Journal Article
Public Culture (1 May 1990) 2 (2): 121–128.
Published: 01 May 1990
... completely emasculated the heroes and there are none left, the heroine sheds her docility. She takes on the characteristics of the goddess-as-destroyer. Kali and Durga are the two goddesses who are worshipped in India for their strength. In fact, Kali, who is the more fearsome of the two, has been...
Journal Article
Public Culture (1 May 2008) 20 (2): 321–344.
Published: 01 May 2008
Journal Article
Public Culture (1 January 1997) 10 (1): 201–210.
Published: 01 January 1997
..., though even-handed. In one room, a succession of video clips depicts worshipers of almost utopian equanimity—“Other creeds have gods, and I’m quite sure theirs are just as true for them as mine for me”; similarly, “There are many paths to God...
Journal Article
Public Culture (1 January 1989) 2 (1): 100–105.
Published: 01 January 1989
..., inspired by Satan. In the episode on Mahound the Messenger, the ambiguity of the revelation is shown (and as a real trickster Rushdie makes use of authentic Islamic tradition to do so). Mahound lives in a town in which three goddesses are worshipped (among them Al-Lat), while he propagates one male...
Journal Article
Public Culture (1 May 1990) 2 (2): 25–32.
Published: 01 May 1990
...Nicholas B. Dirks Copyright © 1990 by Duke University Press 1990 References Appadurai , Arjun 1981 . Worship and Conflict under Colonial Rule: A South Indian Cave . Cambridge: Cambridge University Press. Walter , Benjamin 1968 . “Theses on the Philosophy of History...
Journal Article
Public Culture (1 January 1995) 8 (1): 11–39.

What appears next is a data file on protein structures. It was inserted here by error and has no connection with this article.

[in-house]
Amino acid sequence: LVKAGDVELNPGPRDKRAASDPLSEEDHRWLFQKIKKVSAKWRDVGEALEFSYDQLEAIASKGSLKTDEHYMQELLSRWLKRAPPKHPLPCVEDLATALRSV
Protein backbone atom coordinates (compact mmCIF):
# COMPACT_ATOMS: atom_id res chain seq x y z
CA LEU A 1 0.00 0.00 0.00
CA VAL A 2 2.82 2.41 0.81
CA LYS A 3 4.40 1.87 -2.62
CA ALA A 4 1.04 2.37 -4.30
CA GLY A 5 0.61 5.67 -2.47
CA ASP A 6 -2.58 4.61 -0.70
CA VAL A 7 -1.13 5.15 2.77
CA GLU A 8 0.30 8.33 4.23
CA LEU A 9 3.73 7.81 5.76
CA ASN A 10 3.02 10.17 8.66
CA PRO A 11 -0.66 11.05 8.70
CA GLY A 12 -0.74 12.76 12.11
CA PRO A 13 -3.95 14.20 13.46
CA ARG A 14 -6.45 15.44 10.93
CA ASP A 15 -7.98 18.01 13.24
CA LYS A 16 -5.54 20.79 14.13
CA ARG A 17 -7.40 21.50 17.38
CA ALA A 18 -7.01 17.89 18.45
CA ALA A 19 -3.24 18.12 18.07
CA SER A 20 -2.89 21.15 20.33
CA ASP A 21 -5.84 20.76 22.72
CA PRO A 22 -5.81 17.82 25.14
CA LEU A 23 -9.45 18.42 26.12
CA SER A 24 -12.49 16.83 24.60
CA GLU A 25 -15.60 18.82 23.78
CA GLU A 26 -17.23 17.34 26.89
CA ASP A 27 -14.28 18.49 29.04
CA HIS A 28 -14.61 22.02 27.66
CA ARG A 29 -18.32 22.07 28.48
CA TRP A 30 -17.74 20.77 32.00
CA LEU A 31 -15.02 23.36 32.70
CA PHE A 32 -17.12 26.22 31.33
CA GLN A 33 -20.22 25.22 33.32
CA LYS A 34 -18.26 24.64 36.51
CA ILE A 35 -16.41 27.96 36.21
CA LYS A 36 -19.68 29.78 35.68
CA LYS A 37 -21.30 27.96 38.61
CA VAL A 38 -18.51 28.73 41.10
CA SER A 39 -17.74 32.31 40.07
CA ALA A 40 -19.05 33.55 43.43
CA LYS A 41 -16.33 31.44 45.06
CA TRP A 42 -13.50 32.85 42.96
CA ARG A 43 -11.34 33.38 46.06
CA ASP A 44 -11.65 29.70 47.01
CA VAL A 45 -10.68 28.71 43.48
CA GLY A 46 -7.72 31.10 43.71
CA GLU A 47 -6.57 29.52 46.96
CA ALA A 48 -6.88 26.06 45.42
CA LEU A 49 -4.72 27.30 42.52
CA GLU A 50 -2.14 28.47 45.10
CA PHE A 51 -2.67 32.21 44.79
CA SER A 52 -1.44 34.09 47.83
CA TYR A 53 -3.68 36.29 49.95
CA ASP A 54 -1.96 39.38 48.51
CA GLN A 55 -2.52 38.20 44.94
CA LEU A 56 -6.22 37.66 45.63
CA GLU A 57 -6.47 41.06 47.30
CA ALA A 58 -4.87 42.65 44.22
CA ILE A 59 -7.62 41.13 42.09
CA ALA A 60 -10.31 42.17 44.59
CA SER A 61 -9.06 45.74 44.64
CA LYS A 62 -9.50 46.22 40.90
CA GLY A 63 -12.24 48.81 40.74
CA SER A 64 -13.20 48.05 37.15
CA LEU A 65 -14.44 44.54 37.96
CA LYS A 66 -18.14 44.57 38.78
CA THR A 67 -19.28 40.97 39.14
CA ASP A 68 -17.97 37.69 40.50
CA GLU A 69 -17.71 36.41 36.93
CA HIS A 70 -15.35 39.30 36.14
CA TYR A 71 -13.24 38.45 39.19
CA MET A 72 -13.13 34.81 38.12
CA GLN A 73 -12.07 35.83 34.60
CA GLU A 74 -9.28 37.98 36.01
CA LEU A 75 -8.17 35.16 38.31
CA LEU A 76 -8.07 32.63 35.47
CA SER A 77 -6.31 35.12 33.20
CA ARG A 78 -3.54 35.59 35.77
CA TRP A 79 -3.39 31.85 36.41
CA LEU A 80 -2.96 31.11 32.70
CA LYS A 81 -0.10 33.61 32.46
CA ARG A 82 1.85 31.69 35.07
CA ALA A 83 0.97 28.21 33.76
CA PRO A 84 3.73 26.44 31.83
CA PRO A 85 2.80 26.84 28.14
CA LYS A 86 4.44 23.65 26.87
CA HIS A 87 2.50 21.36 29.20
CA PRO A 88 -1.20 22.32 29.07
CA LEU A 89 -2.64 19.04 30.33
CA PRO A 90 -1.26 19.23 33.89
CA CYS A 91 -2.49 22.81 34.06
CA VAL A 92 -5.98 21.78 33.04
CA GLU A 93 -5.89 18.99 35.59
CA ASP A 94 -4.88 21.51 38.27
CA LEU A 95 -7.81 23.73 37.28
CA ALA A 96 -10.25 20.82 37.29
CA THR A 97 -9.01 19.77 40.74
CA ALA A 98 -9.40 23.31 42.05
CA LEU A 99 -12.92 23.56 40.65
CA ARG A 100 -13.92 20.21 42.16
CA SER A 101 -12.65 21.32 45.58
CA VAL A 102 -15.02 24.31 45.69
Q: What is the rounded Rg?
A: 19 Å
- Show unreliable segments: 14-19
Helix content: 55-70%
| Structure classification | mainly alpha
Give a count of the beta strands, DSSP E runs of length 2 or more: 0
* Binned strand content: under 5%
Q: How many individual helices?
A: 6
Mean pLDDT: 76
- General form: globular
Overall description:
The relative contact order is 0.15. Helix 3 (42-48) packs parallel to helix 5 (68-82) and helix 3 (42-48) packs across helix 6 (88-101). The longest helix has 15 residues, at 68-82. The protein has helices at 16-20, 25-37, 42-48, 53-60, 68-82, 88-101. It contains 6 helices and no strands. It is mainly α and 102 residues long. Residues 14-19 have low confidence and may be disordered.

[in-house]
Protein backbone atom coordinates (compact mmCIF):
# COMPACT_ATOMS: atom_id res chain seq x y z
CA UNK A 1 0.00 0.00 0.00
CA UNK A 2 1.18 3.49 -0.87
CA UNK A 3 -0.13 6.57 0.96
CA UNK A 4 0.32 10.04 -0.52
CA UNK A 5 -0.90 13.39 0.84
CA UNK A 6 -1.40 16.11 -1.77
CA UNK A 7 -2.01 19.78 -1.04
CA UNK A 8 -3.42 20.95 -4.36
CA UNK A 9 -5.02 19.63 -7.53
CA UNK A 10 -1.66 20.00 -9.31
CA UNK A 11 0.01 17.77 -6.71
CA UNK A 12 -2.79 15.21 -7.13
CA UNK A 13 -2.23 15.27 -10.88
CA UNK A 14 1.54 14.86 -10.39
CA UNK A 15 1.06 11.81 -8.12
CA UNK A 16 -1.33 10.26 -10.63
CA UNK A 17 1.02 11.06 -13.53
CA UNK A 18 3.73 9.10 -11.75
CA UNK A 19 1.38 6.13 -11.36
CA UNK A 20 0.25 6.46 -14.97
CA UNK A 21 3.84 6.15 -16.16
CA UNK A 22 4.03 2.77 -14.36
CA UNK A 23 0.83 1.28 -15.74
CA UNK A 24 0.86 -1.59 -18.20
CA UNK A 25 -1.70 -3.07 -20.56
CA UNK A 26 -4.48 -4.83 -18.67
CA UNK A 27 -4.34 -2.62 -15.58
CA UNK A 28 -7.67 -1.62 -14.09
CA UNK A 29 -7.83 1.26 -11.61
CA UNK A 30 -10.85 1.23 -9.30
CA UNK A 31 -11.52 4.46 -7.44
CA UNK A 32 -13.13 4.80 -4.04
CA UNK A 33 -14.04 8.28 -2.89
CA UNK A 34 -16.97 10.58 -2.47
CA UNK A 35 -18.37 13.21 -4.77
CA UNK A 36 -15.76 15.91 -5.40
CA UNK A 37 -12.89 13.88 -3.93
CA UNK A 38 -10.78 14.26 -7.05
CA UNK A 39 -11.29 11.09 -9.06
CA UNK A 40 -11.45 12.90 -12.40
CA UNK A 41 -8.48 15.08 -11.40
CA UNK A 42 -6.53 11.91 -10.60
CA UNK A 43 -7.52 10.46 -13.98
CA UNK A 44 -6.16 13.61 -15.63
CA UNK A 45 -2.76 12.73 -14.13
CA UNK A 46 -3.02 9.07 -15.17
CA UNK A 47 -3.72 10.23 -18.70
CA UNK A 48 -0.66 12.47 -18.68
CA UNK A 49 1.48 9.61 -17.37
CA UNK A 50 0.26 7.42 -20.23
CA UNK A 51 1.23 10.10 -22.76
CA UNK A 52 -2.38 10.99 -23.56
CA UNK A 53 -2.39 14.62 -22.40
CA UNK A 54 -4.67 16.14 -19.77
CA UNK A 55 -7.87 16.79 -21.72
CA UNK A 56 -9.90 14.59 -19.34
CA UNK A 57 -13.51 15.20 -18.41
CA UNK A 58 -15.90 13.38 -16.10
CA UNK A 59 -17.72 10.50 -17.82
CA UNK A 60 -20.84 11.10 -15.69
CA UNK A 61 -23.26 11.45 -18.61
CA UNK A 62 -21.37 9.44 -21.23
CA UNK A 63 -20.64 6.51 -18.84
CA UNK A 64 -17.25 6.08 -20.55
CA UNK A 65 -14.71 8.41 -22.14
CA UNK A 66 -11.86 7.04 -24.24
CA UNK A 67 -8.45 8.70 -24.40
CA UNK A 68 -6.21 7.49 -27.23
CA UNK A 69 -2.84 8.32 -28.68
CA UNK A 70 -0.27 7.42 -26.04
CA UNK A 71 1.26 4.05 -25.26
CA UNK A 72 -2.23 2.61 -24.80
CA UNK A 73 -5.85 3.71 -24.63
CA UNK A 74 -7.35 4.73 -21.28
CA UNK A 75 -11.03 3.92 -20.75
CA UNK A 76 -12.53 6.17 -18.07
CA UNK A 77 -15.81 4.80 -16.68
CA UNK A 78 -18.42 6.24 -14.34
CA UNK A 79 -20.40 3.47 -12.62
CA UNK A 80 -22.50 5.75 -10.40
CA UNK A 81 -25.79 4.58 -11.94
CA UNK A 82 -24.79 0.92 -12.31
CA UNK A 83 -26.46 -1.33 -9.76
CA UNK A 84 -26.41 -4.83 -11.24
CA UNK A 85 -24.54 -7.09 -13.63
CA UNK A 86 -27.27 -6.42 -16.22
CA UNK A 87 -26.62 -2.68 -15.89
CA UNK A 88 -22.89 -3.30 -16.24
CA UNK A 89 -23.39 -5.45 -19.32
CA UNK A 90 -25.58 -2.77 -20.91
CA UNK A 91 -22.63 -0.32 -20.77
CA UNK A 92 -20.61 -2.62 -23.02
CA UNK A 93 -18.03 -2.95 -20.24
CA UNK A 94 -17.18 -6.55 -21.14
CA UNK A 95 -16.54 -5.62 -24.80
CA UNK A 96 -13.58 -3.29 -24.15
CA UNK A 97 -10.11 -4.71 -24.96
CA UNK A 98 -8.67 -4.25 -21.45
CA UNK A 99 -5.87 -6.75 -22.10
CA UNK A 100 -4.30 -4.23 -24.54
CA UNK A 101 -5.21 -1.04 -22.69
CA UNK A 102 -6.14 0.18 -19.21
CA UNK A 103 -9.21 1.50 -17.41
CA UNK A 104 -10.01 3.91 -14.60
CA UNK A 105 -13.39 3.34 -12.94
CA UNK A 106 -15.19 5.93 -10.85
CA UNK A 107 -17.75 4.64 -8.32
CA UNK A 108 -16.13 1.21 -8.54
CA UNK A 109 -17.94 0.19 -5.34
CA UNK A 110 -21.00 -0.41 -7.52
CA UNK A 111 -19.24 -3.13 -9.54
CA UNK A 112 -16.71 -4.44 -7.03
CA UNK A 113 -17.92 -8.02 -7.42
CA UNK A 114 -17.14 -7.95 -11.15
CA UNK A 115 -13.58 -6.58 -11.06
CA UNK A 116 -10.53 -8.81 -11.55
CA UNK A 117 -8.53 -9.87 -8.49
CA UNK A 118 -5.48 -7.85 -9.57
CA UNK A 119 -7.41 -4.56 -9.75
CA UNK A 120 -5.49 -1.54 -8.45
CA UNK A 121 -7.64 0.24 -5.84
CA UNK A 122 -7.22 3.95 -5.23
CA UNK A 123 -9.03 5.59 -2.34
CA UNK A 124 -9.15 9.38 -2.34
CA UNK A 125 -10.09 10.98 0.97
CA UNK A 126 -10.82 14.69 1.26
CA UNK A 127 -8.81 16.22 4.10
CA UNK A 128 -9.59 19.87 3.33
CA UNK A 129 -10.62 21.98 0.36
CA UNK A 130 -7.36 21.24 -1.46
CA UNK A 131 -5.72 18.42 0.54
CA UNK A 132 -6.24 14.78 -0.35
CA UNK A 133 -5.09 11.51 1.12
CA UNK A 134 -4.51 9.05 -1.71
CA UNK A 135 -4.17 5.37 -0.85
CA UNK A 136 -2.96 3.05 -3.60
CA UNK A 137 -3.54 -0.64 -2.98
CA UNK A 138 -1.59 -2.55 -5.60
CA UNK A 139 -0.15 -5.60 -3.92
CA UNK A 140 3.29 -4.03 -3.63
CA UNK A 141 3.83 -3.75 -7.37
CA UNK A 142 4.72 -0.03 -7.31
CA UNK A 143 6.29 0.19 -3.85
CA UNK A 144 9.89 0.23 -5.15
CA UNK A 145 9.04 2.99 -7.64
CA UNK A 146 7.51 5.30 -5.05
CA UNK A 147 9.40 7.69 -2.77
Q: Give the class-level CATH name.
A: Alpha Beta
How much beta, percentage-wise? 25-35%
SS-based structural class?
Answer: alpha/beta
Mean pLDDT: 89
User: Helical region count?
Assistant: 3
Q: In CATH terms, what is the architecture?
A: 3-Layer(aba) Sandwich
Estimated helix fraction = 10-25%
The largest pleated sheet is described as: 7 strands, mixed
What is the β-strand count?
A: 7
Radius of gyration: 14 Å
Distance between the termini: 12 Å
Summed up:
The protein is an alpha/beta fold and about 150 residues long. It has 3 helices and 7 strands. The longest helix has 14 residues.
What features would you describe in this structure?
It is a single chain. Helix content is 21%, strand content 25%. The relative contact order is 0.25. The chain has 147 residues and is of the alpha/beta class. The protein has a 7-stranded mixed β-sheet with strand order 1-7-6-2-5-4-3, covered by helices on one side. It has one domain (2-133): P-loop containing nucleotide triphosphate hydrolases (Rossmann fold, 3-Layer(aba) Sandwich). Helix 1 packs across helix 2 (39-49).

Published: 01 January 1995
... other religious institution, or in any procession of a Hindu deity, idol or object of worship Equally important was the Madras Temple Entry Authorization Act of 1947, which made it a punishable offence to prevent any person on the ground of untouchability from entering or worshipping in a...
Journal Article
Public Culture (1 September 1995) 7 (3): 631–654.
Published: 01 September 1995
... where the God Rama was born on earth. At the same site Muslims had been worshipping at the Babri Masjid, a mosque widely believed to have been built during the reign of the Mughal Emperor Babur (1526-1530). The Ramayana, one of the two preeminent epics of Hindu tradition, tells of...
Journal Article
Public Culture (1 September 1993) 5 (3): 629–638.
Published: 01 September 1993
... Baba, who is still living. Once I show the lives and works of these real people, where they lived and how they were worshipped, the credibility is established, and I will then work upward and trace their lineage to the mystics of the past. I want to go as far back as 16th century and even...
Journal Article
Public Culture (1 September 1999) 11 (3): 475–498.
Published: 01 September 1999
... dispersion into a multiplicity of forms. The third implication is violence. In fact, the belief in a single god distinct from the world is possible only if it is accompanied by the suppression of all other forms of worship. The practice of monotheism is there...
Journal Article
Public Culture (1 September 2014) 26 (3 (74)): 419–448.
Published: 01 September 2014
... deemed practices such as the Russian tradition of icon veneration to be a form of premodern fetishism and attempted to eradicate such worship by introducing a strictly materialist understanding of the world, in which objects could not have supernatural powers that defy scientific understanding. To make...